Peter Sagan (Team Bora - hansgrohe) wins stage 6 of the Volta Catalunya. photo Luis Gomez/Cor Vos © 2021

Peter Sagan is winning again, just in time

A week ahead of the Tour of Flanders, Peter Sagan found his winning legs.

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After an early season temporarily derailed by COVID-19, forcing an alternate track to the biggest Classics of the season, Peter Sagan (Bora-Hansgrohe) is winning again. Just in time.

Sagan took a comfortable victory in the sixth stage of Volta a Catalunya, crossing the line without even raising his arms in celebration. His expression, or lack of one, spoke of a box checked and a step taken. Winning, once again, is possible.

The finale twisted and turned through the town of Mataró and lacked any real control from the major teams, just the sort of finish Sagan has always liked. He won handily over Daryl Impey (Israel Start-Up Nation) and Juan Molano (UAE Team Emirates).

Eight days remain until the Tour of Flanders. Two weeks until Paris-Roubaix (hopefully).

Sagan opted for the difficult, lumpy stage race as preparation for his classics goals, rather than the usual string of northern one-days. He has never been afraid to mix up his early season prep, often skipping out on some of the northern semi-classics peppered throughout March. But this season was particularly topsy-turvy, as Sagan tested positive for COVID-19 at a training camp in Gran Canaria, along with his brother Juraj and teammate Erik Baska.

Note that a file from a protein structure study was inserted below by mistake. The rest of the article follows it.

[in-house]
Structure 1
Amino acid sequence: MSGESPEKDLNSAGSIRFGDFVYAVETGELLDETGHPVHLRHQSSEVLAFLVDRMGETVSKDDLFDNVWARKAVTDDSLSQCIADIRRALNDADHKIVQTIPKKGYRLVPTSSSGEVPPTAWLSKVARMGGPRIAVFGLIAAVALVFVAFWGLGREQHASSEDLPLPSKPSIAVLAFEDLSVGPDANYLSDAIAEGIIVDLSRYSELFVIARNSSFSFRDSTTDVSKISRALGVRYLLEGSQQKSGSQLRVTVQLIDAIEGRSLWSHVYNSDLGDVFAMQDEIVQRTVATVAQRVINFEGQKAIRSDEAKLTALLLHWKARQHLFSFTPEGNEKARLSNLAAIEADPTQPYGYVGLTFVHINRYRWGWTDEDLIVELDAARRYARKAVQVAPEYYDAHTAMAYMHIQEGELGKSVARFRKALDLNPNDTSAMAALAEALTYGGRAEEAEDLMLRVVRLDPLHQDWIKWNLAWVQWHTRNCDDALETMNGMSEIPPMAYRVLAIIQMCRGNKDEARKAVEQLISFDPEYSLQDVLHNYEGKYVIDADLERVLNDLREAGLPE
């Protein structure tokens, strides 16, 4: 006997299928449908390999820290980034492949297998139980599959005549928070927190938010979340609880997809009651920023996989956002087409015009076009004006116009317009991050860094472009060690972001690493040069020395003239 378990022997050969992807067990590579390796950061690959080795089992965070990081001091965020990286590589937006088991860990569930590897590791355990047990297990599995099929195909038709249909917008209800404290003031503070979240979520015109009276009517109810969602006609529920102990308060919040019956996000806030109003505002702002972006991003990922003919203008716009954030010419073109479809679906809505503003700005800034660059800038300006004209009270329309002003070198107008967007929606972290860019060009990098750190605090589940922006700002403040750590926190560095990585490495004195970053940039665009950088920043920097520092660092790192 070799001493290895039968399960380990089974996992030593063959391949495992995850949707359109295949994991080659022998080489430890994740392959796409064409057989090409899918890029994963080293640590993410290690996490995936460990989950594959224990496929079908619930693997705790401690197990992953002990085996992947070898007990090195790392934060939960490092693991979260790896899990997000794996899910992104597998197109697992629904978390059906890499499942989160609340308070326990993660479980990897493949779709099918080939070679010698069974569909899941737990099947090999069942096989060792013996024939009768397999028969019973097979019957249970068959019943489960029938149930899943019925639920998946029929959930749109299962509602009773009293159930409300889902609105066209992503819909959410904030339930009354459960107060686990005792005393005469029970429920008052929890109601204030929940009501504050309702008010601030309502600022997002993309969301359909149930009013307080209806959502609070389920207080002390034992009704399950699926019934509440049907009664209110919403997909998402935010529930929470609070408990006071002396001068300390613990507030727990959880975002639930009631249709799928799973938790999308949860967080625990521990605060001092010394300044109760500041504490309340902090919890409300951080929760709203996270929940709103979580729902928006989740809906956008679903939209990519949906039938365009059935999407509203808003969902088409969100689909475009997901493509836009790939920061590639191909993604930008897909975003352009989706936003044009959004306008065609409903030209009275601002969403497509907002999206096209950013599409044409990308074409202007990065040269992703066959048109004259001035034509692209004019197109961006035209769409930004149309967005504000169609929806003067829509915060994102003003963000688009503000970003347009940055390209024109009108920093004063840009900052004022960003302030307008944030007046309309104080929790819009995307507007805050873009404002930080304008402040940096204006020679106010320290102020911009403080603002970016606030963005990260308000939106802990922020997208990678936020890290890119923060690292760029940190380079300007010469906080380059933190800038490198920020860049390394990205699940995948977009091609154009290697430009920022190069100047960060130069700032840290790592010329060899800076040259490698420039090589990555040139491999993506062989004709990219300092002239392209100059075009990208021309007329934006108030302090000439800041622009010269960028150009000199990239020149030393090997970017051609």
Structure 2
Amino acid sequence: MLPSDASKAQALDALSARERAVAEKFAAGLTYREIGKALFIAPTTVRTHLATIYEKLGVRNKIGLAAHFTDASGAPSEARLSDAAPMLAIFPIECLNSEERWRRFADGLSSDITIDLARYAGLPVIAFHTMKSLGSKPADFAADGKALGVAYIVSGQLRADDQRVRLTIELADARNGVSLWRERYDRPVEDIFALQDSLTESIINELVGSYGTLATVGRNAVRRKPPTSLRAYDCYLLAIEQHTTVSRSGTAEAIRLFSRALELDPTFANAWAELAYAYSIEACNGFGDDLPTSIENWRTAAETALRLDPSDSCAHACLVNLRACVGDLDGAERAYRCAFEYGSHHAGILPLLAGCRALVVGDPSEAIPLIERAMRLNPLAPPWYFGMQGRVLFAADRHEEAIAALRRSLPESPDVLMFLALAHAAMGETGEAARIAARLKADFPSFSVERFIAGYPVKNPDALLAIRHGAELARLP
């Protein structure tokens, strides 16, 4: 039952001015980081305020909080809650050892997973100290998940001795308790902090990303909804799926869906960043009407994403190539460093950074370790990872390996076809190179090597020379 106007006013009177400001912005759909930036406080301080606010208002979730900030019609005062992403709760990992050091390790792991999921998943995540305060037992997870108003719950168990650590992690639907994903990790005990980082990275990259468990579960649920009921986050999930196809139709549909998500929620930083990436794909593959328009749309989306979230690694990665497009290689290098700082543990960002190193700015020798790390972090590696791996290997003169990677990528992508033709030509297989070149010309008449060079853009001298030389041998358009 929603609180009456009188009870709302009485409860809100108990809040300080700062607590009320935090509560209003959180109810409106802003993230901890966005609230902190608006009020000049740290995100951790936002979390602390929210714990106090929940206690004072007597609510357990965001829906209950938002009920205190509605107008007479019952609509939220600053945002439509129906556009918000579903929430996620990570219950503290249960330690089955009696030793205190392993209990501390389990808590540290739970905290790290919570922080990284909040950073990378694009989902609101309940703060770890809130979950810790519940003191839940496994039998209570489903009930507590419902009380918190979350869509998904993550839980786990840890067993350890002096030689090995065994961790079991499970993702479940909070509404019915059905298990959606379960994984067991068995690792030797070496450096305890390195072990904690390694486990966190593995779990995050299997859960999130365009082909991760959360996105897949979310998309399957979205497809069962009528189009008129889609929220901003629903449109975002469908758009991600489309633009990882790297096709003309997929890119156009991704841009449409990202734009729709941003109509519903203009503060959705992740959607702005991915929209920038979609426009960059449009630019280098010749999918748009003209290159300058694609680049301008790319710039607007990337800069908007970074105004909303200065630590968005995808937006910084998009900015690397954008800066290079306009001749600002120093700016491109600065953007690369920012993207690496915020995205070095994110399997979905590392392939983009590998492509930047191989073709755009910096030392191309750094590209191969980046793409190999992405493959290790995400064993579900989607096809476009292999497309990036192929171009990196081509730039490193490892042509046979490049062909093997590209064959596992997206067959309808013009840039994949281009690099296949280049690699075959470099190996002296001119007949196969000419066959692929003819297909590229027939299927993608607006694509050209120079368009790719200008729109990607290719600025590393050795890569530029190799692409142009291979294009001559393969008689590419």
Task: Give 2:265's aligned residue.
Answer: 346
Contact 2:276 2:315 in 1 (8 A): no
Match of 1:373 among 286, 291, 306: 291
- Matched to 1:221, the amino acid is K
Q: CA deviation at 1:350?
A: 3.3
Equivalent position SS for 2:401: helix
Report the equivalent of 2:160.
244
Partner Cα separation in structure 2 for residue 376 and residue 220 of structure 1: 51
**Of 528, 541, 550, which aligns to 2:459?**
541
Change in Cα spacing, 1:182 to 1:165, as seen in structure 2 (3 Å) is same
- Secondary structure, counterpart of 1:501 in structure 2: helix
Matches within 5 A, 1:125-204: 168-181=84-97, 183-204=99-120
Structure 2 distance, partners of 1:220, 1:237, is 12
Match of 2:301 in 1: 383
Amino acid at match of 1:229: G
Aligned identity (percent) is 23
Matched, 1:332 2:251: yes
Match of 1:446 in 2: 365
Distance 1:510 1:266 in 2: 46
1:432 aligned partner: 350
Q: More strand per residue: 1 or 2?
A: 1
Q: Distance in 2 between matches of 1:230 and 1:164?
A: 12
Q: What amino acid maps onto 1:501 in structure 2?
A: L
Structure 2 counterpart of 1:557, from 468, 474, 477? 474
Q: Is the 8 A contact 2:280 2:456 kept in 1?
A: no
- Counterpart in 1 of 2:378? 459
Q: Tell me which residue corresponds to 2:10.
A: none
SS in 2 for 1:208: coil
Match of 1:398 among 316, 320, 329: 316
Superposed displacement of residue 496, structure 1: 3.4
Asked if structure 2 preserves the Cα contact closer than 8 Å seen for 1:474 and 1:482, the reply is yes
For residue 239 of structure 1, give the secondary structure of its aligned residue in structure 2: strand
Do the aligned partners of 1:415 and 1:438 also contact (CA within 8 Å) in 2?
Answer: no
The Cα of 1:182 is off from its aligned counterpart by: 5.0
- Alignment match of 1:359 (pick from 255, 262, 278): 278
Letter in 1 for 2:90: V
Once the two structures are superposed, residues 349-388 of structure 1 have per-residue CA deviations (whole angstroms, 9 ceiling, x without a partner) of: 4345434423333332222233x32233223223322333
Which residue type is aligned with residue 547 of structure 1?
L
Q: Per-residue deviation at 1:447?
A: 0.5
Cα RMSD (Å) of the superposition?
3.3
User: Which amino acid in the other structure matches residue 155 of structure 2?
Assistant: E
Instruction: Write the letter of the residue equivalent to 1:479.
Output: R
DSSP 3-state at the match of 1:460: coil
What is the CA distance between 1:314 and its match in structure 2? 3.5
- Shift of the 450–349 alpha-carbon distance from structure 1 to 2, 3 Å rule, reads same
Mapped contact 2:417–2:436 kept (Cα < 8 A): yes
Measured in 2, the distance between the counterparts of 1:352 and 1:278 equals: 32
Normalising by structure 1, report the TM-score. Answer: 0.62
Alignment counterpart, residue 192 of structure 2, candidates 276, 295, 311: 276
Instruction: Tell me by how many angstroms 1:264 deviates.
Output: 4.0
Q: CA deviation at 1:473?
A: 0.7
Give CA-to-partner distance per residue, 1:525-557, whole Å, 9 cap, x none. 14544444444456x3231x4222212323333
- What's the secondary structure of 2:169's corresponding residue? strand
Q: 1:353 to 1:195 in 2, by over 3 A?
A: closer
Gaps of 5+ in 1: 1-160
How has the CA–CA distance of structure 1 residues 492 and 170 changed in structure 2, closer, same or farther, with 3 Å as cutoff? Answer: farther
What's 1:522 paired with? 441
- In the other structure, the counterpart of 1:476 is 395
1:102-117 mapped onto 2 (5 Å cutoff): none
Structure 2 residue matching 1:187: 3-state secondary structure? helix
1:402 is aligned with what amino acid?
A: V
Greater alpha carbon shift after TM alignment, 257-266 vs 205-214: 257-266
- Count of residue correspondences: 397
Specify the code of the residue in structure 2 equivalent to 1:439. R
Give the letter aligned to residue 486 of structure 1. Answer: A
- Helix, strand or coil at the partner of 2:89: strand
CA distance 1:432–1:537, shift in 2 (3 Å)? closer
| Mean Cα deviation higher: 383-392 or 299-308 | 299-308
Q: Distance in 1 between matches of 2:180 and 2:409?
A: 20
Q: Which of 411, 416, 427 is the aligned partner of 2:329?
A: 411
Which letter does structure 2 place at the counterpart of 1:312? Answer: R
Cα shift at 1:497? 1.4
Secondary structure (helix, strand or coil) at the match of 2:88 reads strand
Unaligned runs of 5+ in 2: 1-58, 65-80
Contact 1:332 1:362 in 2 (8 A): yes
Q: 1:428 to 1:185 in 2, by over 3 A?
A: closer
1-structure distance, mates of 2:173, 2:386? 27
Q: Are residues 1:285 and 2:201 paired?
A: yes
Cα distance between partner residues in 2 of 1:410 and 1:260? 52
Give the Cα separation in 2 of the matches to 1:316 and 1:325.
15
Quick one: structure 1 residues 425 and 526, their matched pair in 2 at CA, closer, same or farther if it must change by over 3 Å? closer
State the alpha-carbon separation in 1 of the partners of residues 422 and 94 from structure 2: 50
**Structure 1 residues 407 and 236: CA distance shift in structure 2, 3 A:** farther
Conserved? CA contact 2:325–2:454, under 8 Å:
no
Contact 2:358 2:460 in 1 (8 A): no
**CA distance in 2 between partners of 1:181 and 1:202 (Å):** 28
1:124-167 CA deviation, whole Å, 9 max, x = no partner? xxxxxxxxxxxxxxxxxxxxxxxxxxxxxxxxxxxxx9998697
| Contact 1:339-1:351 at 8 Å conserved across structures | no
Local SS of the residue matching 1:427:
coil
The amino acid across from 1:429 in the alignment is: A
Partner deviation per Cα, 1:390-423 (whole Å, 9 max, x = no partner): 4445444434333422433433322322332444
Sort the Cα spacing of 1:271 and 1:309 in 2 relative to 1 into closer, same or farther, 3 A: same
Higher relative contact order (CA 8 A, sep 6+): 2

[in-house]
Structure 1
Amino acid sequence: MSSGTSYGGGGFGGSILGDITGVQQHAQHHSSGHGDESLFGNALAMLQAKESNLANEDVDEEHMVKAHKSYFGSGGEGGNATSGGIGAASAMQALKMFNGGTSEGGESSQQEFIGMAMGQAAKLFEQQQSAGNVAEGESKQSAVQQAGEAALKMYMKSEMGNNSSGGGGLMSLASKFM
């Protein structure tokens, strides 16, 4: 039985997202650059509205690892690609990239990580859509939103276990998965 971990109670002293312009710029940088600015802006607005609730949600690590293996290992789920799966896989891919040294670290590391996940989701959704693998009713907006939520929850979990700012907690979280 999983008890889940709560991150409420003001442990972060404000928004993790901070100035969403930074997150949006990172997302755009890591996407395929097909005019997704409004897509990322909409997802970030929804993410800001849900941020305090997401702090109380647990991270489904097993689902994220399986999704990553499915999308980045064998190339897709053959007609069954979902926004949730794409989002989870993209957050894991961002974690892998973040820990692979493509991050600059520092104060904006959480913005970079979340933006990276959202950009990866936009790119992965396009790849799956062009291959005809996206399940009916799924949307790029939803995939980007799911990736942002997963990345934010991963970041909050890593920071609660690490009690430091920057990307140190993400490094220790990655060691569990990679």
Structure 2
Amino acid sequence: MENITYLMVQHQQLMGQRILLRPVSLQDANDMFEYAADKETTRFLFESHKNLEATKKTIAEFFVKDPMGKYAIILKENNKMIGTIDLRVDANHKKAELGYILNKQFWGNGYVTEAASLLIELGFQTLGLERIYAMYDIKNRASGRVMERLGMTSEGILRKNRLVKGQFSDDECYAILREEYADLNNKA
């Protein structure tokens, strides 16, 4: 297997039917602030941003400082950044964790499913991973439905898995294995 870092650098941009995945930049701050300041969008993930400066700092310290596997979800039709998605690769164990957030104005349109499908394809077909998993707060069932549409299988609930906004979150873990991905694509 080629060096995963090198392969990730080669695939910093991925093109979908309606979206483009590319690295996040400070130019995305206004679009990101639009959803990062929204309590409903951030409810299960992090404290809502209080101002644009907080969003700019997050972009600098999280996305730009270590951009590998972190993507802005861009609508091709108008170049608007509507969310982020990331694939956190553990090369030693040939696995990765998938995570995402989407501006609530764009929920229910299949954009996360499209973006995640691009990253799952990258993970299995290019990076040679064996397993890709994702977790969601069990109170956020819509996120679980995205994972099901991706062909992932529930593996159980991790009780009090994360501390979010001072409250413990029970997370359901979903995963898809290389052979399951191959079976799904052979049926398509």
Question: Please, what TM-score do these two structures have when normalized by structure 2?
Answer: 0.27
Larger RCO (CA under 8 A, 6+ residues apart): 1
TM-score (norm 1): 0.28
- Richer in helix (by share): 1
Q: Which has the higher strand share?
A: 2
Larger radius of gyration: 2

Sagan skipped the Omloop Het Nieuwsblad and Strade Bianche and chose Tirreno-Adriatico to kickstart his racing form, remaining relatively quiet throughout the week. He entered Milano-Sanremo without so much as a single star by his name in most European papers; written off, for the first time in a long time, as a possible winner. He came in fourth anyway.

Rather than ride E3 Harelbeke, which is a mini Tour of Flanders, and Gent-Wevelgem, a race he’s won three times, Sagan headed to Catalunya for seven stages that couldn’t be further, structurally and substantively, from the cobbles and cold of northern Europe. He needed the hours in the saddle, and on the nose of it, chasing climbers and his own form.

Catalunya ends tomorrow, and Sagan will head north. Though Wout and Mathieu now dominate headlines in the way Sagan once did, I’d put a few stars next to his name for the Ronde on Sunday.

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